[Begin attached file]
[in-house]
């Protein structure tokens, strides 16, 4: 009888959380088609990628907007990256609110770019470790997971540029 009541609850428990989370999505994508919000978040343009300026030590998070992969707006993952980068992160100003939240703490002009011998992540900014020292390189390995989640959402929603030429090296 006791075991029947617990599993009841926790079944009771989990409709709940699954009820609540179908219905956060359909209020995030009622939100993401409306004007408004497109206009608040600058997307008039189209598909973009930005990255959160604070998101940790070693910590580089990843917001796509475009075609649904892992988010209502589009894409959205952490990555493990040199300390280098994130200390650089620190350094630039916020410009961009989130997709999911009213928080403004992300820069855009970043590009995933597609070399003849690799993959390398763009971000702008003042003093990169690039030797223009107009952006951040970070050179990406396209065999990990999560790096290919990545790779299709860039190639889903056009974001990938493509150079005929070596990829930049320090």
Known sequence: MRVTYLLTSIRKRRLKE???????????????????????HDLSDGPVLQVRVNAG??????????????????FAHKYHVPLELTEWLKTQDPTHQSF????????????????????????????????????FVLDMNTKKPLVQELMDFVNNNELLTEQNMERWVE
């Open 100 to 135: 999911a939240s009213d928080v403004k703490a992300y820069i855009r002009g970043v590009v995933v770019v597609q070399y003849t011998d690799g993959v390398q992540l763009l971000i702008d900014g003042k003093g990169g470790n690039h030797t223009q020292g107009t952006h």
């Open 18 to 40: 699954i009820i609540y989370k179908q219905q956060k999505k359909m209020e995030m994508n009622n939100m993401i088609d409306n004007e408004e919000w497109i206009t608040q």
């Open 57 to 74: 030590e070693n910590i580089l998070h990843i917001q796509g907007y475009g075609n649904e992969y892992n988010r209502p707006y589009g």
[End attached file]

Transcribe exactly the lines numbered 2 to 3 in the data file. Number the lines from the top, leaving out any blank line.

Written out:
């Protein structure tokens, strides 16, 4: 009888959380088609990628907007990256609110770019470790997971540029 009541609850428990989370999505994508919000978040343009300026030590998070992969707006993952980068992160100003939240703490002009011998992540900014020292390189390995989640959402929603030429090296 006791075991029947617990599993009841926790079944009771989990409709709940699954009820609540179908219905956060359909209020995030009622939100993401409306004007408004497109206009608040600058997307008039189209598909973009930005990255959160604070998101940790070693910590580089990843917001796509475009075609649904892992988010209502589009894409959205952490990555493990040199300390280098994130200390650089620190350094630039916020410009961009989130997709999911009213928080403004992300820069855009970043590009995933597609070399003849690799993959390398763009971000702008003042003093990169690039030797223009107009952006951040970070050179990406396209065999990990999560790096290919990545790779299709860039190639889903056009974001990938493509150079005929070596990829930049320090």
Known sequence: MRVTYLLTSIRKRRLKE???????????????????????HDLSDGPVLQVRVNAG??????????????????FAHKYHVPLELTEWLKTQDPTHQSF????????????????????????????????????FVLDMNTKKPLVQELMDFVNNNELLTEQNMERWVE